Tuesday, November 29, 2011
Theology classes paused for the day. Period, by period, each teacher brought their classes to the Chapel for 30~45 minutes of Advent quiet and a communal celebration of the Sacrament of Reconciliation in preparation for Christmas. Admittedly, I was a bit concerned about 20 to 45 teenage boys corralled into church where they would have to be quiet after the initial 10 minutes of the communal aspect of the reconciliation service. My doubts were put to shame.
Each group from Freshmen to Senior was quite respectful. The youngest were a bit fidgety as they stopped by to 'check in' so I could take role and remind them to "sit at least one chair apart." Settling into their places in Chapel there was some rustling of the paper liturgy aides and copies of examination of conscience...one kiddo dropped his Bible, its slam onto the ground echoed off the walls, and he looked up to me with eyes that mimicked Bambi in the headlights. After we started prayer and settled in, they were attentive and participated well in the communal prayer, and many (average of 80%) of the young men quietly qued up confess to one of the priests (monks of the community). They returned to their places and reflected on scripture, sat quietly, and seemed to truely take advantage of this rare opportunity for silence in their lives.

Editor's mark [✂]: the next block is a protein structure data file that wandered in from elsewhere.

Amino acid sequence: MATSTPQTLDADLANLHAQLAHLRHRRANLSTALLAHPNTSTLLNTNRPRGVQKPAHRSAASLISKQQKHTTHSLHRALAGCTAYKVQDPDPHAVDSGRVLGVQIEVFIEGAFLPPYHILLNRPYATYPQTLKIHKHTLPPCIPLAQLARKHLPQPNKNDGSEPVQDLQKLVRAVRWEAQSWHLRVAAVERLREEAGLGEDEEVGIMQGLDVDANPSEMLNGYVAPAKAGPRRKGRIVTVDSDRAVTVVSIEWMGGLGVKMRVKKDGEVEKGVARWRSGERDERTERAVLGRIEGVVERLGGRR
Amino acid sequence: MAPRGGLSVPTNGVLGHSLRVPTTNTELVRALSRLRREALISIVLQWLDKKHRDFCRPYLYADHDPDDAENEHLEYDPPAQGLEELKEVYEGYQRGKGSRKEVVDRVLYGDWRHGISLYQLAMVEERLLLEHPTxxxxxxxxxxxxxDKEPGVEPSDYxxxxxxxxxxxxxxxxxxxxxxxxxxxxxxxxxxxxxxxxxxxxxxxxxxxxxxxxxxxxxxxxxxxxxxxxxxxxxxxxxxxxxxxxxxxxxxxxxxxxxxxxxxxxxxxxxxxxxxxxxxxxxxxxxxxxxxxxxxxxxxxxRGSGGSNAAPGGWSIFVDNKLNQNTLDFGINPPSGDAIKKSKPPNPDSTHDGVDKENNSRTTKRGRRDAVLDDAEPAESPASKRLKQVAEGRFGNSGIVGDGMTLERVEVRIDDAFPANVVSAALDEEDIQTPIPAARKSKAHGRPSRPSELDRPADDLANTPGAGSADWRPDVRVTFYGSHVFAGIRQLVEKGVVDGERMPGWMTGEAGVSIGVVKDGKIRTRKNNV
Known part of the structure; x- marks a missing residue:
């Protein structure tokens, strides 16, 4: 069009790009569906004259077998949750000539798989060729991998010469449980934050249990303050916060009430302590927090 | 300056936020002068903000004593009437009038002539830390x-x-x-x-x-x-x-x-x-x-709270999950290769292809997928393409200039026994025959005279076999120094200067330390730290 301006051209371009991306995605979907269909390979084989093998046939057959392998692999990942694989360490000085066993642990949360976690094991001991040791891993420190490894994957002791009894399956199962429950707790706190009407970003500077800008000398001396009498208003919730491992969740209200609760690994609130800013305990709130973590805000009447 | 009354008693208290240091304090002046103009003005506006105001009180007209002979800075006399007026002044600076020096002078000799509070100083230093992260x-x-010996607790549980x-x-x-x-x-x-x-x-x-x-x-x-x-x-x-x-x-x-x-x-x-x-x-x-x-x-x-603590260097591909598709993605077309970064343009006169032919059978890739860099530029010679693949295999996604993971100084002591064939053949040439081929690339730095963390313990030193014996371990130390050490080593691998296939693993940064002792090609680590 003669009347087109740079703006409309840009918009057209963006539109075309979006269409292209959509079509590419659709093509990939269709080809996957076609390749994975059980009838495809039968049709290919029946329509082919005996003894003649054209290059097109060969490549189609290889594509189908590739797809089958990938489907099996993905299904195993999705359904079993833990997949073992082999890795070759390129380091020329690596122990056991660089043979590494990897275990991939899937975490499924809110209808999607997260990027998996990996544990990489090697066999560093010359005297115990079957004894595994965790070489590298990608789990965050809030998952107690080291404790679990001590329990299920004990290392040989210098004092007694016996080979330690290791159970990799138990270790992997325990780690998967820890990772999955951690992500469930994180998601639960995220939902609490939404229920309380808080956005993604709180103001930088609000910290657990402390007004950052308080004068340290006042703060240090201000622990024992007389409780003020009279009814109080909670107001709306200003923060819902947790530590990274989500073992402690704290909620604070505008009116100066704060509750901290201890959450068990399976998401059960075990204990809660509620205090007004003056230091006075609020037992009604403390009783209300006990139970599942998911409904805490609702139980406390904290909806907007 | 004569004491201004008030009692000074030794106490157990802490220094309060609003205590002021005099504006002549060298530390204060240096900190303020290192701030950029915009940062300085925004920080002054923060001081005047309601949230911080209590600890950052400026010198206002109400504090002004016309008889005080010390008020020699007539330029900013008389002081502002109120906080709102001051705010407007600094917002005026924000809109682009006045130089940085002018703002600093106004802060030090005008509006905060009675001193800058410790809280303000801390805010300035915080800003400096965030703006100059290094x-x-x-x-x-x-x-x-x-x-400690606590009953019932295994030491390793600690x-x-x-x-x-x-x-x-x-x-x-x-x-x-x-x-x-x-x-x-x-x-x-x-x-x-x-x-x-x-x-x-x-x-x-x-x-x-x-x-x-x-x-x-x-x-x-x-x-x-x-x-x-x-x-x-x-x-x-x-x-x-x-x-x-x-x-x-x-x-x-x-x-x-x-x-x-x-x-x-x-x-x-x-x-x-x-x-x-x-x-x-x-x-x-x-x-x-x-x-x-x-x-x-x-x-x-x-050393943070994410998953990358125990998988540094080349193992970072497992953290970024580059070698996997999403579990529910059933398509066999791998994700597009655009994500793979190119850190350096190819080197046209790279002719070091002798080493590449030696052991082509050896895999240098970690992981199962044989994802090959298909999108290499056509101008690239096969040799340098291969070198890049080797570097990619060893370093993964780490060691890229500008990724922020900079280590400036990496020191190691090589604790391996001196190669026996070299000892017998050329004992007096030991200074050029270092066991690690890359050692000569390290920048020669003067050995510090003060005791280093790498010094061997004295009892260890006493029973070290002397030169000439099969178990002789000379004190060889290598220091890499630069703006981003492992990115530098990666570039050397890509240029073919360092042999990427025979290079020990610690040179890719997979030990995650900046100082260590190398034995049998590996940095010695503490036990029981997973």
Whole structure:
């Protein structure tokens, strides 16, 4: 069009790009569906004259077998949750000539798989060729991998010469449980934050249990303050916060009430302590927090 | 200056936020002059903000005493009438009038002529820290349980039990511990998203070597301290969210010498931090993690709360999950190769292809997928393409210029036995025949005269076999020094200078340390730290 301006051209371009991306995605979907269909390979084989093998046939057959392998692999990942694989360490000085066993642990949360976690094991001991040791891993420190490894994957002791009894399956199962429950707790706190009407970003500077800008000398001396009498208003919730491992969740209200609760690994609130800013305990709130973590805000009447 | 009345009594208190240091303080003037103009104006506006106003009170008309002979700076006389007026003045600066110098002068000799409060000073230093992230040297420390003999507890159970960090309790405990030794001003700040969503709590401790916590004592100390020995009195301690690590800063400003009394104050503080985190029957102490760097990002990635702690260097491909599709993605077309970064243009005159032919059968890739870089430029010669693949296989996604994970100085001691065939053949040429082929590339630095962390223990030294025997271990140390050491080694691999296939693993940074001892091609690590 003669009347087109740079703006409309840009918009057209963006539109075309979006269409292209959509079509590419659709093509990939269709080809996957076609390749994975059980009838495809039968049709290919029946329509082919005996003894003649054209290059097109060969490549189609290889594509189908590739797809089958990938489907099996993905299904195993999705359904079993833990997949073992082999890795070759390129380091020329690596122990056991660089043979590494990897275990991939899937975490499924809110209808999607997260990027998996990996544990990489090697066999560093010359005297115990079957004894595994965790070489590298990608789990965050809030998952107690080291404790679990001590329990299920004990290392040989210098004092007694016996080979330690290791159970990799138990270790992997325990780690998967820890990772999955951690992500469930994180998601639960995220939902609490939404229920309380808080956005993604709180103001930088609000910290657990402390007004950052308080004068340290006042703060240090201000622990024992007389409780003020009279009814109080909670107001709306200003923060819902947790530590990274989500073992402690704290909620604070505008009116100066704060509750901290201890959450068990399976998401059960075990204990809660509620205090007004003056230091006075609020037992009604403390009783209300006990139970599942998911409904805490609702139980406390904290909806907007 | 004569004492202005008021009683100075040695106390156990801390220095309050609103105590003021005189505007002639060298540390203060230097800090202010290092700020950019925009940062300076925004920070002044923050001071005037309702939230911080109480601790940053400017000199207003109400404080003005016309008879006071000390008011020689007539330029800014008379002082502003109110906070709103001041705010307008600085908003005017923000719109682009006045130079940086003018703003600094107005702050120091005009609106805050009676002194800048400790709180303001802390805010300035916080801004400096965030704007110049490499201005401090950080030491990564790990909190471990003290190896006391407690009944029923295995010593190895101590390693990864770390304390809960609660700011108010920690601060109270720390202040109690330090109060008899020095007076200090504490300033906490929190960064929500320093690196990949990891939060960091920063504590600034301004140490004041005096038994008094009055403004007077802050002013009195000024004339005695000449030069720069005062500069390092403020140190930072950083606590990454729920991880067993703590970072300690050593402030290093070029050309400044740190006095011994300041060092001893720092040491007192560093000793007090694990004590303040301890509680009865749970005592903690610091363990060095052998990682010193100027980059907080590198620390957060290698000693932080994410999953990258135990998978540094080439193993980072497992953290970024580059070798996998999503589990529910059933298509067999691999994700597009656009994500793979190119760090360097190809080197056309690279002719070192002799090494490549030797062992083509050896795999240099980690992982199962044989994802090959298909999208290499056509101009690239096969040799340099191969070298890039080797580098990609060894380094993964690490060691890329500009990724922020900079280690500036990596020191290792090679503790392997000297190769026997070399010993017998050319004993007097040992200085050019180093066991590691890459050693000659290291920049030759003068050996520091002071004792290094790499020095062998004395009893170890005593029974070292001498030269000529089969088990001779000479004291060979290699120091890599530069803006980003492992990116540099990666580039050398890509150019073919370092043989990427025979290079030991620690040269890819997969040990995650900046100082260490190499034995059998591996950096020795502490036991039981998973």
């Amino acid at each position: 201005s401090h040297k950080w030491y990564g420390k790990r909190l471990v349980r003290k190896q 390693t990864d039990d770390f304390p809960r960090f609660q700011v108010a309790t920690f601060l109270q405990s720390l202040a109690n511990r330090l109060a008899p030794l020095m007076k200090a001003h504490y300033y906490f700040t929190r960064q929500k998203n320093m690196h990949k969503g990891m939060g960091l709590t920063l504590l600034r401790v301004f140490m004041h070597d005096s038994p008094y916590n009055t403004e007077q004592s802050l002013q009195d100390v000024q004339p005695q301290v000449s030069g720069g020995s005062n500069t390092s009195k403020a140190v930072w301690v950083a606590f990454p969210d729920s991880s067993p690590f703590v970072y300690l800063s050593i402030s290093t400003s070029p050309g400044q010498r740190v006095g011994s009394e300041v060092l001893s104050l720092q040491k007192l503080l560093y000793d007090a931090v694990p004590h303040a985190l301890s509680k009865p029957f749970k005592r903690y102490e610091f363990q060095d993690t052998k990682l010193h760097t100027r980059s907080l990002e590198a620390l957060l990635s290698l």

Overall, I'm quite proud of my boys today.
Monday, November 21, 2011
The end of November is a wild run of Church feasts and celebrations.
16th ~ St. Gertrude the Great
17th ~ St. Elizabeth of Hungary
18th ~ Dedication of the Basilicas of Sts. Peter and Paul
19th ~ St. Mechtilde
20th ~ Feast of Christ the King
21st ~ Memorial of the Presentation of the Blessed Virgin Mary
22nd ~ St. Cecilia